Advocates: California risks ‘solar cliff’

Media Contacts
Bronte Payne

California regulators are considering drastic solar compensation cuts with severe potential consequences

Environment America Research & Policy Center

SACRAMENTO, Calif. — Sharply reducing net metering payments and imposing high, solar-only fixed charges could slow the growth of rooftop solar installations – and, in the most extreme cases, could cause installations to plummet — according to a new report released Tuesday by Environment California Research & Policy Center, CALPIRG Education Fund and Frontier Group. The California Public Utilities Commission (CPUC) is currently considering changes to the state’s net metering program which compensates solar owners for the excess electricity they sell back to the grid. 

“California needs continued growth in rooftop solar to reach its clean energy goals,” said Laura Deehan, state director at Environment California Research & Policy Center. “Our leadership on rooftop solar to date has been intentional, driven by our commitment to smart policies like net metering. The drastic changes to solar compensation that the CPUC is considering threaten to throw California’s rooftop solar leadership off a cliff.” 

The report found multiple cases showing that reducing compensation can put the brakes on solar power deployment. For example, in Arizona, the Salt River Project adopted new fees and policies for rooftop solar that nearly doubled the payback time of solar projects. Solar adoption declined between 50 percent and 95 percent after the changes were made.

California law commits the state to reach 100 percent clean electricity by 2045. To achieve that, state officials estimate that the state will need to add 28.5 gigawatts (GW) of customer-sited solar, nearly quadrupling current distributed solar capacity in California (in addition to adding even larger amounts of utility-scale solar). An Environment California Research & Policy Center and Frontier Group report found that building that amount of rooftop solar would maintain existing land uses on an area about half the size of the City of Los Angeles compared with building utility-scale solar.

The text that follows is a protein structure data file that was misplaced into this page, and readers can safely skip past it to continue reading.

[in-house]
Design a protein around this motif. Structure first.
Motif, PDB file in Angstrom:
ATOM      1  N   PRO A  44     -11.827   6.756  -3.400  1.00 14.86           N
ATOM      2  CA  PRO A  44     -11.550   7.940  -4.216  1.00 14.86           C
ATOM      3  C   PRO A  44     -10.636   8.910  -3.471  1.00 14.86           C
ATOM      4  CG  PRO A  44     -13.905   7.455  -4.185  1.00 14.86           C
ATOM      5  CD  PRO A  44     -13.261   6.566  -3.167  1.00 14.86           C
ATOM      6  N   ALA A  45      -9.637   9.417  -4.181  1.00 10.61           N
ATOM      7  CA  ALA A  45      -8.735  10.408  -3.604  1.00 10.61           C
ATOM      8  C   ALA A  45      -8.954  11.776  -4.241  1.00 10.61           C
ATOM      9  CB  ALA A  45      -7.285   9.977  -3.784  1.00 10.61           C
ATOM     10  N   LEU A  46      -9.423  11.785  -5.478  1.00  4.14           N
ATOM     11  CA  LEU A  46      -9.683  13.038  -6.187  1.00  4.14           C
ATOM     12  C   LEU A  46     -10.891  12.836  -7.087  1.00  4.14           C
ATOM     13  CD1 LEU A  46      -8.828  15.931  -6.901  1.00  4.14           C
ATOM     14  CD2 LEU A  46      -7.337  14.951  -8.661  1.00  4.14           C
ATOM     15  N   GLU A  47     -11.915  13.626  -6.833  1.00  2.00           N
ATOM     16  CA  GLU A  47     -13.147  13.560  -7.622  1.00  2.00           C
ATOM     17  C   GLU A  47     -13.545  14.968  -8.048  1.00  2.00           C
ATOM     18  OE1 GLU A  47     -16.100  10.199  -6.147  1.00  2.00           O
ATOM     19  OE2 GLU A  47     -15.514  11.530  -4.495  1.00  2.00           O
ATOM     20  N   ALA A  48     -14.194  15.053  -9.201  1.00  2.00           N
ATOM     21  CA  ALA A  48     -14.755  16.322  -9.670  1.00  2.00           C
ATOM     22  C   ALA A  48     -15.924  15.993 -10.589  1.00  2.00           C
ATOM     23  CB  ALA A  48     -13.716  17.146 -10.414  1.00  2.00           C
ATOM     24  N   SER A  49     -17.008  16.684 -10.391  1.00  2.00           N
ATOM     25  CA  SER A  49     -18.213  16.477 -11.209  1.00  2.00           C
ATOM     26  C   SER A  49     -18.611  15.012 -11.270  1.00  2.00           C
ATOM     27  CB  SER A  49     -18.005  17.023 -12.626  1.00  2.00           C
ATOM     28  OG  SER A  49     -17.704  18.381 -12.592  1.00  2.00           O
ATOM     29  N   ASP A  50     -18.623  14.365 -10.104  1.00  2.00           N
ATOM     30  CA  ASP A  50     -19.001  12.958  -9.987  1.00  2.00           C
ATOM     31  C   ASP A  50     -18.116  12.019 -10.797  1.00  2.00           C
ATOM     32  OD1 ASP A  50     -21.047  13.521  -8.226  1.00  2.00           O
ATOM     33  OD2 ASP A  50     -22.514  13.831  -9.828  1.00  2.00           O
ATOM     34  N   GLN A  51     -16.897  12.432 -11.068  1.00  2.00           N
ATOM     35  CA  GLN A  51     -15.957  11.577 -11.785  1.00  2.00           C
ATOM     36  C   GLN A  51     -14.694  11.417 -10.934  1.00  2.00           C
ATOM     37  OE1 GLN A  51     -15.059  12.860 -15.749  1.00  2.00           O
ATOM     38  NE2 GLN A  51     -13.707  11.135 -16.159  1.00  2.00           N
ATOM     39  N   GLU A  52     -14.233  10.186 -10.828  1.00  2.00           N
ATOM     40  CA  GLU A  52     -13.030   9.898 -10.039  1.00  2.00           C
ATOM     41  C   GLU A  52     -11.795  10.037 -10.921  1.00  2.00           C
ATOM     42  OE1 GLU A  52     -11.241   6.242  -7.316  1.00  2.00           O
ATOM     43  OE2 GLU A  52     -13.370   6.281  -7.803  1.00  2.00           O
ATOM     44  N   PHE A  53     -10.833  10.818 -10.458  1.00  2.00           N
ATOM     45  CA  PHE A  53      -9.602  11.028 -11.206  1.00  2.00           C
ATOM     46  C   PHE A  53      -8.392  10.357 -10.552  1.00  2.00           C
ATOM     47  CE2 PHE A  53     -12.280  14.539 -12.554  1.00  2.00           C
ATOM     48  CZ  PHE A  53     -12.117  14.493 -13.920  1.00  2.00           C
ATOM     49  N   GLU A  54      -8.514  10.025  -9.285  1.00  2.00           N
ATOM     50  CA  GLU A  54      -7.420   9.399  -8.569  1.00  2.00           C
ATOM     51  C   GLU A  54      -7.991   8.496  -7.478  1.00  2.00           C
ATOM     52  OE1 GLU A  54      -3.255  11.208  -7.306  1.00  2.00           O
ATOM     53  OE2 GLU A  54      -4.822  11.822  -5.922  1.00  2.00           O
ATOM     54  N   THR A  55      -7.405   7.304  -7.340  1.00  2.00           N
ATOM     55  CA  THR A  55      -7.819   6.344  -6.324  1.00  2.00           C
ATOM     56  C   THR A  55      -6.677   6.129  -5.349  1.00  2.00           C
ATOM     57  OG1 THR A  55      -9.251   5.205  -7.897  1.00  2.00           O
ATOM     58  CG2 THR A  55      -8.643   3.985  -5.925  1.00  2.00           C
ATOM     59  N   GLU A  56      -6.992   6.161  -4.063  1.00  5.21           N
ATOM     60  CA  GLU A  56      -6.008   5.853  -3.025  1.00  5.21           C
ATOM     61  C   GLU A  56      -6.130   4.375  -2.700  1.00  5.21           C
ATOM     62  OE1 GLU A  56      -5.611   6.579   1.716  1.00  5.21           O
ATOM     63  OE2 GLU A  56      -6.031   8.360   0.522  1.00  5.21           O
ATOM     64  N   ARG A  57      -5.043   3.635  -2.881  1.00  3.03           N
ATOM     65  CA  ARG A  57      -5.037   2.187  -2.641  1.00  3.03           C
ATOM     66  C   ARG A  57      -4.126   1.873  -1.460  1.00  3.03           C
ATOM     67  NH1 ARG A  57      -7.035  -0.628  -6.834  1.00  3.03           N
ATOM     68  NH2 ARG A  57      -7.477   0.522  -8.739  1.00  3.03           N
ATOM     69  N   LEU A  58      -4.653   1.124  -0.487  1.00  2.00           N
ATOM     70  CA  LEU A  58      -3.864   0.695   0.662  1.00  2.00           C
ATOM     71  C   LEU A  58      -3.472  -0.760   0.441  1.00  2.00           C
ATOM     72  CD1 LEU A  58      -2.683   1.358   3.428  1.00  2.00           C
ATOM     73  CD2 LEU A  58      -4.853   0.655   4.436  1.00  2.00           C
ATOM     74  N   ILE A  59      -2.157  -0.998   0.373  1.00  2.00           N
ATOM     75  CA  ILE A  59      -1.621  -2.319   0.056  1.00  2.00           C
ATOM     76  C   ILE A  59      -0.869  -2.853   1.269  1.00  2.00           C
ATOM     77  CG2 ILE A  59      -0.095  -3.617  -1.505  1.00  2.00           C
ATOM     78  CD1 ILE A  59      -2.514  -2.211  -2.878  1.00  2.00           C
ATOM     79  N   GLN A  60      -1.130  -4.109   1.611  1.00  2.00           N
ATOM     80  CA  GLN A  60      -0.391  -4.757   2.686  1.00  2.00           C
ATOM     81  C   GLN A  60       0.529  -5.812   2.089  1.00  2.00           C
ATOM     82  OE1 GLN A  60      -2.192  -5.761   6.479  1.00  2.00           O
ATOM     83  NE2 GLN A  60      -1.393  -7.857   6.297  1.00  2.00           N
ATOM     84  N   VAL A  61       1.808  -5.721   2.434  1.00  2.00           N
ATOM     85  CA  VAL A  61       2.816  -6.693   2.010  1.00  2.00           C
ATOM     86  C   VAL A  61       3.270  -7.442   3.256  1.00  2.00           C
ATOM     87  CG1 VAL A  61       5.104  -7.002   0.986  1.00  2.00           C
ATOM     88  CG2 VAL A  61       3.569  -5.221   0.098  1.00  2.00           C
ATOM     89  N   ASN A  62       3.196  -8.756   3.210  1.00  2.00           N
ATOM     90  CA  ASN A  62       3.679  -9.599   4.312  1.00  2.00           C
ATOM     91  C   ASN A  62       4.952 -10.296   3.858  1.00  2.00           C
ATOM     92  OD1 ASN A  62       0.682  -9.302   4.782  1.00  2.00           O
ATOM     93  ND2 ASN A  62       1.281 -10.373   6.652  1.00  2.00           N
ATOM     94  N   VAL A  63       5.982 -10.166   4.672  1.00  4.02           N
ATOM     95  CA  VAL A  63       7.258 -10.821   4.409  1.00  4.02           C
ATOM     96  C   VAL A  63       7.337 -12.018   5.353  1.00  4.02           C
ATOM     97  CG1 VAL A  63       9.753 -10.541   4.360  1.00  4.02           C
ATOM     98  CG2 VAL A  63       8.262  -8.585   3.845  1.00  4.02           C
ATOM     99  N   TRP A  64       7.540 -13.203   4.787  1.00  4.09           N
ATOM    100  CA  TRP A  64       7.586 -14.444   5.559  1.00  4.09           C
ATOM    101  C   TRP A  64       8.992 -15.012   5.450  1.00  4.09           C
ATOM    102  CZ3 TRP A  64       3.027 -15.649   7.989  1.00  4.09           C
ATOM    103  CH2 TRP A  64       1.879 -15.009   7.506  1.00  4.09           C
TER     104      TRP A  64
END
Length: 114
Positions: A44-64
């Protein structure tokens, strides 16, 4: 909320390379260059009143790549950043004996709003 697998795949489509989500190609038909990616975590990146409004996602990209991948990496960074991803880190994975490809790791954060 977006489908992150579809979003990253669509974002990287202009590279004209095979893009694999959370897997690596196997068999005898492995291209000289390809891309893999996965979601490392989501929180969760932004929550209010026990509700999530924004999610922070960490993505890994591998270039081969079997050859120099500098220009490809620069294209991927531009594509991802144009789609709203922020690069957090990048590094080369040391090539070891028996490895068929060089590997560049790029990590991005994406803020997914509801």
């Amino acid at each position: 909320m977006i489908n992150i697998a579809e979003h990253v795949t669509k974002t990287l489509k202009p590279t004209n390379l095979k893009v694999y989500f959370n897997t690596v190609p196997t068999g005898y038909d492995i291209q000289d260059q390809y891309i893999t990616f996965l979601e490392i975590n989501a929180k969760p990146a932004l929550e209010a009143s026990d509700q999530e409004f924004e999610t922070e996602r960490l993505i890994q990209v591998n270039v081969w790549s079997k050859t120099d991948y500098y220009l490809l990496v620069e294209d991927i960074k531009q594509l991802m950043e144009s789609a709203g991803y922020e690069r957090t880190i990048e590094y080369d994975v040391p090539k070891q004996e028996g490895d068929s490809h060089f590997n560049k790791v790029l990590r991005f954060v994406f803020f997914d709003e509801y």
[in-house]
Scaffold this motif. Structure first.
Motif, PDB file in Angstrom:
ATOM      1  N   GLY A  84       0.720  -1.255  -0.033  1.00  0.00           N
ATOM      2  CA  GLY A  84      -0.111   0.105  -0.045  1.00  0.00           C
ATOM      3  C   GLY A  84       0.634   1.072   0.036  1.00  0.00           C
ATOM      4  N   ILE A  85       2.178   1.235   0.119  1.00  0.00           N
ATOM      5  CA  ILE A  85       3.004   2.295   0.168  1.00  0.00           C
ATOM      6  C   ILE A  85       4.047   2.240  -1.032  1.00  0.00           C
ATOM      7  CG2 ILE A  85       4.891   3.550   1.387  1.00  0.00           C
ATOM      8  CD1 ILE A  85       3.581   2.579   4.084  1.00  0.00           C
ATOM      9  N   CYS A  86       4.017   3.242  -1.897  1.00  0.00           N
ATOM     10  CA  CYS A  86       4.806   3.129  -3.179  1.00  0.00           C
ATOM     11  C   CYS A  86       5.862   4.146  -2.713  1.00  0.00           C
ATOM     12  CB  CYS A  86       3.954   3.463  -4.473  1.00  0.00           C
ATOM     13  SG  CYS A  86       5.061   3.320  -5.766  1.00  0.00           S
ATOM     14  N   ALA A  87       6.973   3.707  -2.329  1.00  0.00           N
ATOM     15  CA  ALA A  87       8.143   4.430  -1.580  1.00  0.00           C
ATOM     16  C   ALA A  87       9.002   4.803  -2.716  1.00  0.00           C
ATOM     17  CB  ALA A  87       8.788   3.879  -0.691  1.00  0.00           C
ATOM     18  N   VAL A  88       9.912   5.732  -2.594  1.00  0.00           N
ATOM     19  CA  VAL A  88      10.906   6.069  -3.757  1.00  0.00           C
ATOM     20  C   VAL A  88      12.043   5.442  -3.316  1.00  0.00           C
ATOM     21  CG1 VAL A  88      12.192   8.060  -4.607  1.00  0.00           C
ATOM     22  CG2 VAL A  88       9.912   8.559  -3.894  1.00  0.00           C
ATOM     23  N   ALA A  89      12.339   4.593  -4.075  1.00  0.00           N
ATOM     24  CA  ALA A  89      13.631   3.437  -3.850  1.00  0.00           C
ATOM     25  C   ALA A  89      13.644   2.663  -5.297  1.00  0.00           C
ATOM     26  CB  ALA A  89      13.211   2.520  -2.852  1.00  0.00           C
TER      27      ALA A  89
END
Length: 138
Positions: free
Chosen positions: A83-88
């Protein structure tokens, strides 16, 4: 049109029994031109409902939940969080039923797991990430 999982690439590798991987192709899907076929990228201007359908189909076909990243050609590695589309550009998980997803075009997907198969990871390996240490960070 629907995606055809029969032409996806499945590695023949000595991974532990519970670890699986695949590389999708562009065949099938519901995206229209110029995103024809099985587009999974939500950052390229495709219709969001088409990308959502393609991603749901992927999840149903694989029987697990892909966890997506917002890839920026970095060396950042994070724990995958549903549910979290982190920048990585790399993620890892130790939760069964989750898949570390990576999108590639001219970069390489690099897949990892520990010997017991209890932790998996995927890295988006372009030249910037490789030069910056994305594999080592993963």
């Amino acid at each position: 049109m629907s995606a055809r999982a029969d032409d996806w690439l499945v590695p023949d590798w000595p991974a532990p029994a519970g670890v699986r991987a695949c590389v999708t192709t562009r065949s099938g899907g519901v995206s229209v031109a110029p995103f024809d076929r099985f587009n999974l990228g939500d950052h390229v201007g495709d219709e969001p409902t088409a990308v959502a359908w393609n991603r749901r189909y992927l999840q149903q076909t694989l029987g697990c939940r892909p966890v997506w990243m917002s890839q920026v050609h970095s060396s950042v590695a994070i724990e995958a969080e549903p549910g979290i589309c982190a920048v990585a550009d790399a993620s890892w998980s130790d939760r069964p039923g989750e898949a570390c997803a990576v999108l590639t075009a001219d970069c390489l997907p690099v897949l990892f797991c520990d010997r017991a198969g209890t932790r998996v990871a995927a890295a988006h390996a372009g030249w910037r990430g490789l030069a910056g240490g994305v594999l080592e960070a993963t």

In 2018, state grid operators determined California could forego $2.6 billion in future spending on transmission and other grid projects largely due to increases in rooftop solar and energy efficiency. 

“Rooftop solar benefits all consumers, even those without solar,” said Jenn Engstrom, CALPIRG Education Fund state director. “Homes, schools and businesses in California that go solar reduce the need for grid investments today and contribute to building the clean and resilient energy system of the future.”

Despite the numerous benefits of rooftop solar, Pacific Gas and Electric (PG&E), Southern California Edison (SoCal Edison) and San Diego Gas & Electric (SDG&E) are using the common utility playbook described in Blocking Rooftop Solar to push for the nation’s highest fixed solar charges and drastic cuts to net metering in California. 

“Rooftop solar is cheaper, more efficient and within the reach of more Californians than ever before,” said Engstrom. “California has so much to gain from investing in rooftop solar on our homes, schools and businesses, but the utility proposal to gut net metering effectively pushes rooftop solar out of the market.” 

The California Public Utilities Commission is expected to make a decision on the future of the state’s net metering program by the end of 2021. 

“Gov. Newsom has the opportunity to save rooftop solar and keep California striding towards its clean energy goals,” said Bronte Payne, Go Solar campaign director with Environment America Research & Policy Center. “To do that, the Governor must stand up to the state’s investor-owned utilities. There is too much on the line for the state to get this important decision wrong.” 

Environment California Research & Policy Center is a state partner of Environment America Research & Policy Center. CALPIRG Education Fund is a state partner of U.S. PIRG Education Fund.